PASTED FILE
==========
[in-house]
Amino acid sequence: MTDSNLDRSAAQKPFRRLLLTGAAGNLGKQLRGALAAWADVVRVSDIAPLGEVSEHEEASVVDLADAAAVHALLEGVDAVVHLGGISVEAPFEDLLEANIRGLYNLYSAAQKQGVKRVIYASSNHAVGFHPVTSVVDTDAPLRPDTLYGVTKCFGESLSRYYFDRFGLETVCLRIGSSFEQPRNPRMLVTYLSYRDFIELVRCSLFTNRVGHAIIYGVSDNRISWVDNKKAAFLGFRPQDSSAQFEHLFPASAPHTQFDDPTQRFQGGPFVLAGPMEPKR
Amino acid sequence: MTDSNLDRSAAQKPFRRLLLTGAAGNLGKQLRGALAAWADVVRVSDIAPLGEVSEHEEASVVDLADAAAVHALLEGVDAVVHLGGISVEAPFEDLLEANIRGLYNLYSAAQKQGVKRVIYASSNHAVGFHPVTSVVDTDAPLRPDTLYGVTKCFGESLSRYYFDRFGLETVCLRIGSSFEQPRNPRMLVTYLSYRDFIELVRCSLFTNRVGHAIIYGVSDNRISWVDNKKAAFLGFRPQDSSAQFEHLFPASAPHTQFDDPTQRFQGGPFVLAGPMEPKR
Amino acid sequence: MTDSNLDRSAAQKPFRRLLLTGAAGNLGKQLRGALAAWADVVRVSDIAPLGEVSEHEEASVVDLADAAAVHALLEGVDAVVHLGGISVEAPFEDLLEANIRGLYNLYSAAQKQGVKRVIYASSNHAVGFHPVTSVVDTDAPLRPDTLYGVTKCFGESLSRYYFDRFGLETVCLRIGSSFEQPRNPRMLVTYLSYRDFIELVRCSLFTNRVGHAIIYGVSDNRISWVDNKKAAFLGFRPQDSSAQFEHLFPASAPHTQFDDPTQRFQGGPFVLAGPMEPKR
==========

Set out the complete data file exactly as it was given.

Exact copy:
[in-house]
Amino acid sequence: MTDSNLDRSAAQKPFRRLLLTGAAGNLGKQLRGALAAWADVVRVSDIAPLGEVSEHEEASVVDLADAAAVHALLEGVDAVVHLGGISVEAPFEDLLEANIRGLYNLYSAAQKQGVKRVIYASSNHAVGFHPVTSVVDTDAPLRPDTLYGVTKCFGESLSRYYFDRFGLETVCLRIGSSFEQPRNPRMLVTYLSYRDFIELVRCSLFTNRVGHAIIYGVSDNRISWVDNKKAAFLGFRPQDSSAQFEHLFPASAPHTQFDDPTQRFQGGPFVLAGPMEPKR
Amino acid sequence: MTDSNLDRSAAQKPFRRLLLTGAAGNLGKQLRGALAAWADVVRVSDIAPLGEVSEHEEASVVDLADAAAVHALLEGVDAVVHLGGISVEAPFEDLLEANIRGLYNLYSAAQKQGVKRVIYASSNHAVGFHPVTSVVDTDAPLRPDTLYGVTKCFGESLSRYYFDRFGLETVCLRIGSSFEQPRNPRMLVTYLSYRDFIELVRCSLFTNRVGHAIIYGVSDNRISWVDNKKAAFLGFRPQDSSAQFEHLFPASAPHTQFDDPTQRFQGGPFVLAGPMEPKR
Amino acid sequence: MTDSNLDRSAAQKPFRRLLLTGAAGNLGKQLRGALAAWADVVRVSDIAPLGEVSEHEEASVVDLADAAAVHALLEGVDAVVHLGGISVEAPFEDLLEANIRGLYNLYSAAQKQGVKRVIYASSNHAVGFHPVTSVVDTDAPLRPDTLYGVTKCFGESLSRYYFDRFGLETVCLRIGSSFEQPRNPRMLVTYLSYRDFIELVRCSLFTNRVGHAIIYGVSDNRISWVDNKKAAFLGFRPQDSSAQFEHLFPASAPHTQFDDPTQRFQGGPFVLAGPMEPKR